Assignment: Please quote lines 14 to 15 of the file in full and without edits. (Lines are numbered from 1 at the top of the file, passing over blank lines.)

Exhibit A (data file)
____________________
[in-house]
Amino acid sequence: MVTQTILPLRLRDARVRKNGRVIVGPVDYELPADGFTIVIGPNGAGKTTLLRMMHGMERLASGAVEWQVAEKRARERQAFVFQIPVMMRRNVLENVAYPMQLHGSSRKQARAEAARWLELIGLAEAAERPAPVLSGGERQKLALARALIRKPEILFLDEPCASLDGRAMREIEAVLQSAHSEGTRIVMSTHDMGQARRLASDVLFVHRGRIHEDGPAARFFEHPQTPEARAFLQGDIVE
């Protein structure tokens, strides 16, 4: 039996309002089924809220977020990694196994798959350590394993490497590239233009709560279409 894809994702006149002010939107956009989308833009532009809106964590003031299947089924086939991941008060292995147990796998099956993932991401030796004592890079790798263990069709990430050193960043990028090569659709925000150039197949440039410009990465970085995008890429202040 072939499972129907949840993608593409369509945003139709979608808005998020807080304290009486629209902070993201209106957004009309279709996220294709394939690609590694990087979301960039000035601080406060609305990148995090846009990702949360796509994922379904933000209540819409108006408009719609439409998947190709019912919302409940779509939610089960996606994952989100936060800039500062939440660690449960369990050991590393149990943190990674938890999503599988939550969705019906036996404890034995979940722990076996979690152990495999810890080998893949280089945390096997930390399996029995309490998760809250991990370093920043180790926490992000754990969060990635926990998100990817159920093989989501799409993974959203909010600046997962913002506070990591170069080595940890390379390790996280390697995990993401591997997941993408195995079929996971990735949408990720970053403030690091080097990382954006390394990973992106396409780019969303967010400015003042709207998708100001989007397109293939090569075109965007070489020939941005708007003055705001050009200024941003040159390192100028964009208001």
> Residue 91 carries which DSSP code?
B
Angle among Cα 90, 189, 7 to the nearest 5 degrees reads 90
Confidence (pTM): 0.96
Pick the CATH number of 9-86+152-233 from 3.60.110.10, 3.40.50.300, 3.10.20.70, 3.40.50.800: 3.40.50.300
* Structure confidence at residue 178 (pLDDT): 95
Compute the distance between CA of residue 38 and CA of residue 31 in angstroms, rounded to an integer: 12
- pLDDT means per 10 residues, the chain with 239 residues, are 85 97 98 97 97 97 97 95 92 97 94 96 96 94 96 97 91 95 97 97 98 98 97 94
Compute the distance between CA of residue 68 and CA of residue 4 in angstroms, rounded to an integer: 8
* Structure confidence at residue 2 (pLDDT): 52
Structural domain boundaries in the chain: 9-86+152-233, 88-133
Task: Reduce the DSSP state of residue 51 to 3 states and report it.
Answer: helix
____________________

Structural domain boundaries in the chain: 9-86+152-233, 88-133
Task: Reduce the DSSP state of residue 51 to 3 states and report it.